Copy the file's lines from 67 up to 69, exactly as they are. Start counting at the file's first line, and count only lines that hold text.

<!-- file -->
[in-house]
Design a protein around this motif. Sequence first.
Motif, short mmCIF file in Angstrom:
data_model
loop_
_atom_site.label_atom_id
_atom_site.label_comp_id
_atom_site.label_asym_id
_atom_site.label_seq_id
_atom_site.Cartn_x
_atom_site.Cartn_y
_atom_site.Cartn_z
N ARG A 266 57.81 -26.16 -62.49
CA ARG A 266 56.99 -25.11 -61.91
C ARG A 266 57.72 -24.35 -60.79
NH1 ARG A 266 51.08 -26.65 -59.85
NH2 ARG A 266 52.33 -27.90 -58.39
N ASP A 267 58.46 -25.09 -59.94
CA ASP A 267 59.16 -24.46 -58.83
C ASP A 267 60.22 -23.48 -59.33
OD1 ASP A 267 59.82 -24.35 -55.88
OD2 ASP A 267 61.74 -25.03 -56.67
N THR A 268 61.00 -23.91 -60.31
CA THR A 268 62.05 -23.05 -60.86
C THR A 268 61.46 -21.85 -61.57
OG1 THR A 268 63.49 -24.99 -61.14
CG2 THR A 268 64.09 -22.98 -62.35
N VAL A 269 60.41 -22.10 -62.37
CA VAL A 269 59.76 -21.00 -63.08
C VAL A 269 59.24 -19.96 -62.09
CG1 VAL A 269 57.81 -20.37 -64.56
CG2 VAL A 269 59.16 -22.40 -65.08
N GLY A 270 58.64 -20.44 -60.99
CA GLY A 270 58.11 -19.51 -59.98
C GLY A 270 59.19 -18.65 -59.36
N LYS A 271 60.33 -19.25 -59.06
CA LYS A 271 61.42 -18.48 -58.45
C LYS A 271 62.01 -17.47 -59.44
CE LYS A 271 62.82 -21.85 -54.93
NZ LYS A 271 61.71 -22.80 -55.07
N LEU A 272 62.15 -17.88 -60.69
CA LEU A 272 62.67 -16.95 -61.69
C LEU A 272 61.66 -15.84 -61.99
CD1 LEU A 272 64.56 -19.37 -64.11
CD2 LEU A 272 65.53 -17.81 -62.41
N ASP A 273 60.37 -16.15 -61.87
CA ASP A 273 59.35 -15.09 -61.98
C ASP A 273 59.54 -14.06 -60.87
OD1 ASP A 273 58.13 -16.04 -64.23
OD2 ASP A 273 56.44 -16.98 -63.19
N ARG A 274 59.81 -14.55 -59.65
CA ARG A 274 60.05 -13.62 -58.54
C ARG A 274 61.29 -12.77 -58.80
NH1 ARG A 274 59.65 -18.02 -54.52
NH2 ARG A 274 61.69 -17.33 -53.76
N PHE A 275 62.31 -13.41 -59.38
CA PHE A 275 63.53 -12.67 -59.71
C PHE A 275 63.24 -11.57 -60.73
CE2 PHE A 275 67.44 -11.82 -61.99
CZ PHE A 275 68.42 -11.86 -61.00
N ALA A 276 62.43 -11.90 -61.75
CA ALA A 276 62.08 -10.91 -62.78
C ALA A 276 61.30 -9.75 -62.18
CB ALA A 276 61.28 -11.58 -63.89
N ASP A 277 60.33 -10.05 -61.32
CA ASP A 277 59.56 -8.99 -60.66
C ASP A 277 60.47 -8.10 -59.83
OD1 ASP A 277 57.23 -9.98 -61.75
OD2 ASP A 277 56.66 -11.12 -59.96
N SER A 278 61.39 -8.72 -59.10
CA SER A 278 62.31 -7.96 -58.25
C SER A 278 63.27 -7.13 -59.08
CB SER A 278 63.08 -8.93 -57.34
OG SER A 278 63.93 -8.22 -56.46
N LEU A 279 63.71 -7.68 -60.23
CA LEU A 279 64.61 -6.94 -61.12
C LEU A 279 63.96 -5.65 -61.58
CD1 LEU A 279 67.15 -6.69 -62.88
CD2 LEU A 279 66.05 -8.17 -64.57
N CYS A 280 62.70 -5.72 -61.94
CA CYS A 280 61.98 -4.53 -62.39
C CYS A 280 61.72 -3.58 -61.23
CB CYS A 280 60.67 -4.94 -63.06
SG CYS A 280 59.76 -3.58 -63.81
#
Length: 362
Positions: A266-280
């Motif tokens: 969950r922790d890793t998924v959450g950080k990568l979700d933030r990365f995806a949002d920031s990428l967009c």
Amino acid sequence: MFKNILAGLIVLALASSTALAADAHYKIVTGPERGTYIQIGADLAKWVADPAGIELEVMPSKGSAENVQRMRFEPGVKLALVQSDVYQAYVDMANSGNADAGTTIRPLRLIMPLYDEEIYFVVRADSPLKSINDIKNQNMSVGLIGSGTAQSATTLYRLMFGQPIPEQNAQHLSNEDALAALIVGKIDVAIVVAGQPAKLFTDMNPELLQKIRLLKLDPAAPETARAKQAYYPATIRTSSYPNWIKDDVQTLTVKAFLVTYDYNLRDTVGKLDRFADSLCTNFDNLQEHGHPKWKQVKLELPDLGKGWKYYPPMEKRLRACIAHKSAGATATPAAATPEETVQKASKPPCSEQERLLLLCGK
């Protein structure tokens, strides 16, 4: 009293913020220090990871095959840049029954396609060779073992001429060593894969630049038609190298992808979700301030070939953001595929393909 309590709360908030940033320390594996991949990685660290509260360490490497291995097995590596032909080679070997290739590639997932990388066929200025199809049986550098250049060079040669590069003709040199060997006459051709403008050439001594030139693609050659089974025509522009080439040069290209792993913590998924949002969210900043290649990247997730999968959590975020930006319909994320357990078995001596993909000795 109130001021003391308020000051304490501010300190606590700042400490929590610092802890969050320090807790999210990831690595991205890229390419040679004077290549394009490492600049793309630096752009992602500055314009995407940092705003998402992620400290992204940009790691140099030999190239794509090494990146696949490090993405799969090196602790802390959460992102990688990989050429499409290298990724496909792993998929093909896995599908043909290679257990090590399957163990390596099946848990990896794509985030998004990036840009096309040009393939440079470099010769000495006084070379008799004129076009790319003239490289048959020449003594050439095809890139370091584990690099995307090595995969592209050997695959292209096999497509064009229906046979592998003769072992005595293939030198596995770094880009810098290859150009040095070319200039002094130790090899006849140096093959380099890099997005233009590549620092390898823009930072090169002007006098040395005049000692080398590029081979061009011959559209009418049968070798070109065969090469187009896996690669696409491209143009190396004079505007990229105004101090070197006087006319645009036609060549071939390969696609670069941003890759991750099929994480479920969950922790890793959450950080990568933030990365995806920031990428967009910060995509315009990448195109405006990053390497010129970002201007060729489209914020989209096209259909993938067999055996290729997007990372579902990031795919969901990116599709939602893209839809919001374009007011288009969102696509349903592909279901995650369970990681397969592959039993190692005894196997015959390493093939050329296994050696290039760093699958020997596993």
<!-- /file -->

C ASP A 277 60.47 -8.10 -59.83
OD1 ASP A 277 57.23 -9.98 -61.75
OD2 ASP A 277 56.66 -11.12 -59.96